Olongapo SubicBay BatangGapo Newscenter

Friday, August 28, 2009

Hanjin delivers 5th ship order to Egyptian firm

HANJIN heavy industries Corp.-Philippines (HHIC-Phil) has delivered five of the 10 ship orders of an Egyptian shipping firm, showing a healthy business despite the ongoing global economic downturn.

While other major shipyards have opted to cease operations, Hanjin shipyard in Subic continues with its shipbuilding activities, according to a source from the Subic Bay Metropolotan Authority (SBMA) who requested anonymity because he was not authorized to speak on the matter.

Hanjin sees opportunity in offshore repairs, through the available facility at the Subic shipyard. Conventional and offshore vessels can now be built in Subic.

"It wasn't possible for us because of harware matters but since the completion of our new shipyard, now we are able to enter into the offshore plant business. As productivity increases in Subic, it's providing us with mire opportunity for new challenges," said a Hannjin spokesperson.

However, HHIC still has some unsolved problems. They have to secure a design team for the offshore plant development, for alliances with external engineering groups in order to intensify their offshore technology.

"We know that we got into the business late compared to other competing yards but HHIC developed Korea's first drillship in 1977 and the idea behind the Floating Production, Storage and Offloading vessel (FPSO) of today is based on that model, so with our accumulated technology put together, we are confident that it will be a success," the company said.

Hanjin no longer imports ship components from Korea as it embarked on building its own in its Subic shipyard Jong Shup Shim, Hanjin Philippines Inc. president, said Hanjin Subic can make $29 million worth of locally produced components for the first year and is confident of increasing them to $57 million next year.

Hanjin shipyard has 15,000 workers employed by the South Korean shipbuilder and its subcontractors.

Odense Steel Shipyard in Denmark, operated by AP Moller Maersk, has already decided to discontinue shipbuilding activities brought by the competitive situation in the shipbuilding industry.

It said due to the expansion of the yard capacity in low cost countries in the Far East and most recently with China's determined endeavors to become the world's largest shipbuilding nation, it became increasingly difficult to survive in the shipping industry in recent years.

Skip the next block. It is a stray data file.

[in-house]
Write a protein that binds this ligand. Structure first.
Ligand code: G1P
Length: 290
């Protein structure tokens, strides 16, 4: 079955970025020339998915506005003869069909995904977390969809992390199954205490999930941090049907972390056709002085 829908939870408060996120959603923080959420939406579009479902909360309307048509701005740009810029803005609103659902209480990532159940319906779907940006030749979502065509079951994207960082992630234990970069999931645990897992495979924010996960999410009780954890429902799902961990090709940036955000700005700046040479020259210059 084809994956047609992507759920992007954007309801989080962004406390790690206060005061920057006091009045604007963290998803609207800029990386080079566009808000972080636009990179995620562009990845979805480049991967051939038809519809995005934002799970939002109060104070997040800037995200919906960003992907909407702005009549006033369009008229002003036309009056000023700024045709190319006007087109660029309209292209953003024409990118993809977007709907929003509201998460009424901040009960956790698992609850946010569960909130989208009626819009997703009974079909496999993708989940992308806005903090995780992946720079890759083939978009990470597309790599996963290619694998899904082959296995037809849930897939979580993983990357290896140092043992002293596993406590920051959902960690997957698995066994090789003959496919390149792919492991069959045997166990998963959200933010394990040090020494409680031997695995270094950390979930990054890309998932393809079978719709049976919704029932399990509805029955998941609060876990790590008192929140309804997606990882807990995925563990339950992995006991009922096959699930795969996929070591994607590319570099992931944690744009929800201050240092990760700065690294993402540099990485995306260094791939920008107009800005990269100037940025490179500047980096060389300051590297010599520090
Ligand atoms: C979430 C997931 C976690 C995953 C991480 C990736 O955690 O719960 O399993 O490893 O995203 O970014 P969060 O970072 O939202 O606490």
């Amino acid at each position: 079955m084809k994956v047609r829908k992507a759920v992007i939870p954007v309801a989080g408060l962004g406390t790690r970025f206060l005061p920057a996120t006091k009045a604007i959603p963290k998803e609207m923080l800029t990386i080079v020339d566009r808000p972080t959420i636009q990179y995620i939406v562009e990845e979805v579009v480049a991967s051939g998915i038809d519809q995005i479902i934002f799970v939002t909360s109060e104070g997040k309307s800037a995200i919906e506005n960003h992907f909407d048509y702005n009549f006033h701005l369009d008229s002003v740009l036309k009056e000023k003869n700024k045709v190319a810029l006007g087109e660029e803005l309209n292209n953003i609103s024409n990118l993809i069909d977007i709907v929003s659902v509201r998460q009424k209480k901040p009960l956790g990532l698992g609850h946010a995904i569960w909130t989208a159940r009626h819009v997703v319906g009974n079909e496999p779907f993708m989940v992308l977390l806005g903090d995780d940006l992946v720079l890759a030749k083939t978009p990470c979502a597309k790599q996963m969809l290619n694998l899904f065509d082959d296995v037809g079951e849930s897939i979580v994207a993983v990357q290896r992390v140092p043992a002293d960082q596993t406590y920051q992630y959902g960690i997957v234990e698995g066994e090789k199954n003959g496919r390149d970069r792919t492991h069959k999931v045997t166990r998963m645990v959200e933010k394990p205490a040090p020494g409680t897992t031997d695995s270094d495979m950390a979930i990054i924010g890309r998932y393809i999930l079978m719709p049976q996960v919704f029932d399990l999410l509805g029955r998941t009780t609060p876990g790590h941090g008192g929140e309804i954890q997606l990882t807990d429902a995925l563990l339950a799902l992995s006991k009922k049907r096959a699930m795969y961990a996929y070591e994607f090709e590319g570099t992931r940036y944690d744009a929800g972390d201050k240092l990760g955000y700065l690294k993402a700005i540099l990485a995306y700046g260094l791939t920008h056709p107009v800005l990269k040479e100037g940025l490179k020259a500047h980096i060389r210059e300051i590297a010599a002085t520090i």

"Although inquiries received are still high, stiff competition is expected from Chinese yards. The company will also pursue new building, fabrication and conversion jobs," it said, adding that the continuing global economic situation has and will continue to affect the shipping industry.

By Genivi Factoa - Malaya

Labels: , , ,


  • Hi, your information regarding Hanjin is wrong. There is no Egyptian shipping firm, so I don't know where your sources are from. Plus the picture included is from Hanjin shipping, NOT Hanjin shipbuilding.

    By Anonymous Anonymous, at 8/29/2009 8:23 AM  

Post a Comment

<< Home


This is a joint private blog of volunteers from Subic Bay. It is being maintained primarily to collate articles that may be of importance to decision making related to the future of Subic Bay and as a source of reference material to construct the history of Subic Bay.

The articles herein posted remains the sole property of original authors and publications which has full credits to the articles.

Disclaimer: Readers should conduct their own research and due diligence before using any article herein posted for whatever intended purpose it may be. This private web log will not be liable for any loss or damage caused by a reader's reliance on information obtained from volunteers of this private blog.

www.subicbay.ph, http://olongapo-subic.com, http://sangunian.com, http://olongapo-ph.com, http://oictv.com, http://brgy-ph.com, http://subicbay-news.com, http://batanggapo.com 16 January 2012